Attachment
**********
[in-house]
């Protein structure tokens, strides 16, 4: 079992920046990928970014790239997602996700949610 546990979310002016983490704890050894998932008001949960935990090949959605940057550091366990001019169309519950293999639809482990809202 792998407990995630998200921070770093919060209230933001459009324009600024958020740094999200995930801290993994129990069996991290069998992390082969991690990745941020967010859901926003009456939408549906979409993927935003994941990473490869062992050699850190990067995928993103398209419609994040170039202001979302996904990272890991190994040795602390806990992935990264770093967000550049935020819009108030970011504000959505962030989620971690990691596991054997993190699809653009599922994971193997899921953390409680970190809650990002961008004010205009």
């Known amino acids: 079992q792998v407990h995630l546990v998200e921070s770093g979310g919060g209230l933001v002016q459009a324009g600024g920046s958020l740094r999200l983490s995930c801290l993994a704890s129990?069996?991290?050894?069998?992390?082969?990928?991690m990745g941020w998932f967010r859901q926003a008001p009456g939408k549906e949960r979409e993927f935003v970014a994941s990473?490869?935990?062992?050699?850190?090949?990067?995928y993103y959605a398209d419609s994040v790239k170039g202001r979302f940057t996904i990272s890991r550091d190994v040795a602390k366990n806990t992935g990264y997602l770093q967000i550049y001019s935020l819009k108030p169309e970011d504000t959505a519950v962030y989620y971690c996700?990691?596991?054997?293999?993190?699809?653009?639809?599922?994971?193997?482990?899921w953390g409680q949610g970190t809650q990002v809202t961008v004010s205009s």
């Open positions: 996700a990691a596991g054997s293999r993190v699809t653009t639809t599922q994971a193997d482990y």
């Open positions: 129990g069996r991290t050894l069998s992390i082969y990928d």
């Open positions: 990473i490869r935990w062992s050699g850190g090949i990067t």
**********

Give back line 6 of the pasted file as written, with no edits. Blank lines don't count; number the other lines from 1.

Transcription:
């Open positions: 990473i490869r935990w062992s050699g850190g090949i990067t």